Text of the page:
What Post-Roe America Tells Us About the Need for Privacy, Web3

Control over our online data is intimately linked with bodily autonomy.

AccessTimeIconSep 9, 2022 at 1:29 p.m. UTC
Updated May 11, 2023 at 4:48 p.m. UTC
AccessTimeIconSep 9, 2022 at 1:29 p.m. UTCUpdated May 11, 2023 at 4:48 p.m. UTCLayer 2
AccessTimeIconSep 9, 2022 at 1:29 p.m. UTCUpdated May 11, 2023 at 4:48 p.m. UTCLayer 2

Two recent events have highlighted both the extreme urgency of the need for internet privacy in the age of Web2 and a way to frame that need as a positive value that goes beyond traditional understandings of what privacy is.

The first: In Nebraska, a 17-year-old girl and her mother are being prosecuted and will be tried – the girl as an adult – for allegedly using a “morning after” pill to induce a miscarriage. A child and her mother face lengthy prison terms for newly invented “crimes,” and it is only possible because Facebook handed over their private messages to Nebraska investigators.

David Chaum, a pioneer in cryptography and in privacy-preserving and secure voting technologies, is the creator and founder of the xx network. In 1995 his company, DigiCash, created and deployed eCash, the first digital currency, which used Chaum's breakthrough blind-signature protocol.

The second: In neighboring Kansas, voters overwhelmingly crushed a ballot initiative to remove the right to abortion from the state constitution, despite the initiative being timed to coincide with a Republican primary and an email sent to voters that blatantly lied about the ballot’s intent. “No” voters included not only Democrats and independents but about 35% of registered Republicans.

Pro-choice campaigners say their victory was in large part because they framed the issue in terms of “bodily autonomy” – persons ought to have an absolute right to control their own bodies.

Each of us, though, has not only a physical body but a unique, personal “body of knowledge” about us consisting of everything we do on the internet. Right now, those informational bodies are scattered and not under our control.

In fact, they are under the control of the tech companies that provide us with “free” internet services – not just social media and instant messaging but emails and searches and online purchases: who we communicate with, how much and how often, what we’re interested in, what we pay for.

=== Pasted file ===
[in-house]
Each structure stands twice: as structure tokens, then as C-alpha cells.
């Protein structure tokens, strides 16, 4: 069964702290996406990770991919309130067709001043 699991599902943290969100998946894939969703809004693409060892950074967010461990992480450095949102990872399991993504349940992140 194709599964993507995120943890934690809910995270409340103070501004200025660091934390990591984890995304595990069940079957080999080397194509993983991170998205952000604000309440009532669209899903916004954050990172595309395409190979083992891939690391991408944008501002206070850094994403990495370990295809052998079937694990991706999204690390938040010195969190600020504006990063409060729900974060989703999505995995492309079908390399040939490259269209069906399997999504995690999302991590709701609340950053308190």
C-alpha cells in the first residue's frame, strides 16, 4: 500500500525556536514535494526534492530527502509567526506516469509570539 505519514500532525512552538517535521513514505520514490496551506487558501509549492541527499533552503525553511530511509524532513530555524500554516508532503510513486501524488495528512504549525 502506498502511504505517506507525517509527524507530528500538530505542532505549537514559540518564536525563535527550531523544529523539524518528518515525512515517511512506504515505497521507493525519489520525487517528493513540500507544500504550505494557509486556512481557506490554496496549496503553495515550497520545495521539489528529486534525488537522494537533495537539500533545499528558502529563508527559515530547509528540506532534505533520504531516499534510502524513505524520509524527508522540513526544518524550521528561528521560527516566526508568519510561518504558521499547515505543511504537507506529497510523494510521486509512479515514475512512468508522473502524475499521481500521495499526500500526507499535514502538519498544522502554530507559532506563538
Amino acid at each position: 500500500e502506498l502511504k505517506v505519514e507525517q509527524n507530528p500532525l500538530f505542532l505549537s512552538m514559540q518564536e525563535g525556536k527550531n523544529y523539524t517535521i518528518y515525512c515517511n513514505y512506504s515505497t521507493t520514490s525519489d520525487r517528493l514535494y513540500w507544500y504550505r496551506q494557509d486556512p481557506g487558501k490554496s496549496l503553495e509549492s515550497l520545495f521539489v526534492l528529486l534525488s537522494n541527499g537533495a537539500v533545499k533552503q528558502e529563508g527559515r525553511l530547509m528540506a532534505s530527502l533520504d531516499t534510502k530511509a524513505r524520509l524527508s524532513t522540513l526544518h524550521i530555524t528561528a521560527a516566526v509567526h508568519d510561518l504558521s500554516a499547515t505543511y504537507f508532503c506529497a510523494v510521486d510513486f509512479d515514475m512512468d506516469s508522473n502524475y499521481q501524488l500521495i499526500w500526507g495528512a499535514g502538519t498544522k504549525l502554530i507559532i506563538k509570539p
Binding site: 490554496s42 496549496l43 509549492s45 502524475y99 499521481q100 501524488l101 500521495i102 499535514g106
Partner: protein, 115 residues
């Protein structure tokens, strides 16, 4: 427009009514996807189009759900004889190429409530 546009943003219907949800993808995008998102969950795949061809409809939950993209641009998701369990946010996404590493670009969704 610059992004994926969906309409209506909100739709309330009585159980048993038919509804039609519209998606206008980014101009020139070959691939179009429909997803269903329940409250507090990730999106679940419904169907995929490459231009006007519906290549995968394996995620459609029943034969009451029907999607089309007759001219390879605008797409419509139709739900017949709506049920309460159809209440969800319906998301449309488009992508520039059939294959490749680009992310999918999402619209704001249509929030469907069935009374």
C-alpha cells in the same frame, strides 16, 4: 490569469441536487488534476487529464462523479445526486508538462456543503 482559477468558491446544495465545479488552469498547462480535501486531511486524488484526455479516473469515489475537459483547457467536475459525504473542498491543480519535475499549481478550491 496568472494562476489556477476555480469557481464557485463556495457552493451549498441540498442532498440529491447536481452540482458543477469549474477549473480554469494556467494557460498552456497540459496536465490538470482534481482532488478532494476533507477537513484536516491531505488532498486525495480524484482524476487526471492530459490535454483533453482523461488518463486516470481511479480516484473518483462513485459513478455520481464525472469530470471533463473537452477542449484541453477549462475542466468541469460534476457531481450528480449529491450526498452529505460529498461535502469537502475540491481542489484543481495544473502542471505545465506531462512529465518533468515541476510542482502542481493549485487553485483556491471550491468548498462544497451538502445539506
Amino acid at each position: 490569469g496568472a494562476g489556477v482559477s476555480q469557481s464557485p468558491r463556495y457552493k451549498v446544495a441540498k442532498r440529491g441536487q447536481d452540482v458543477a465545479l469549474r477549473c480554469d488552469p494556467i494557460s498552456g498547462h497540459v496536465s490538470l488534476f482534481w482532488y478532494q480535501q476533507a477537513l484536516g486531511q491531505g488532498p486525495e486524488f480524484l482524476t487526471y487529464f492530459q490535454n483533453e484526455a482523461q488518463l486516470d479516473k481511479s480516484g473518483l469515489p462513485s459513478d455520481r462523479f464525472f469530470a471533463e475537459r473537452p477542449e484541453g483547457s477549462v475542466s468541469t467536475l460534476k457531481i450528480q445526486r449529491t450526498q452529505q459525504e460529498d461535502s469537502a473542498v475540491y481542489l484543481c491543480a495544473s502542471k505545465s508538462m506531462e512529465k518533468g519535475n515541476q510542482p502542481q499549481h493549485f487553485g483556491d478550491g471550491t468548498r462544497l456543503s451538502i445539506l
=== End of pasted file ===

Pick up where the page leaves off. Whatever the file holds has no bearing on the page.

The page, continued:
All that information is collected and sold to advertisers or political groups or provided gratis to government agencies – from zealous state prosecutors to the National Security Agency. We have no informational autonomy, any more than those of us with wombs have a guaranteed right to bodily autonomy post-Roe.

Internet privacy in Web2 is a dead letter. And because of the enormous clout of Big Tech in the U.S. economy, the likelihood of any legislation being passed that would change this situation more than marginally is very small.

Fortunately, technology offers solutions in the form of cryptography, both established and novel. It is possible not only to encrypt message content against even future quantum computers but to create decentralized networks that “shred” message metadata such that no one but sender and recipient can identify each other – including the network’s node operators. Searches from within such a network can likewise be anonymous and untraceable.

Helplines for people in need of services such as reproductive health care can be made 100% confidential, as can financial transactions using a currency native to the network. We don’t have to depend on the intentionally weak privacy assurances of Web2 megacorporations or the equally weak security of legislation. We can have positive privacy – complete control of our own digital lives.

With digital pseudonyms derived from an inalienable private key, for example, we can provide organizations with exactly the information they legitimately need – no more, no less – without revealing anything more about ourselves.

And as recent events are showing us, informational autonomy is intimately linked not only to bodily autonomy but to defending democracy. Protected spheres of discourse and debate, like the coffeehouses that 18th-century monarchies were perpetually trying to shut down, have always been critical to democracy’s development and survival.

Truly private, decentralized communications networks that not only encrypt message content securely against even future quantum computers but eliminate metadata in transit can provide such protected spheres in the digital age. Without privacy, there is no true freedom of speech.

Bottom line: If Web3 doesn’t provide every individual with informational autonomy, if it isn’t truly decentralized and democratically managed, it’s just Web2.1 in fancy dress.


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David  Chaum

David Chaum, a pioneer in cryptography and in privacy-preserving and secure voting technologies, is the creator and founder of the xx network.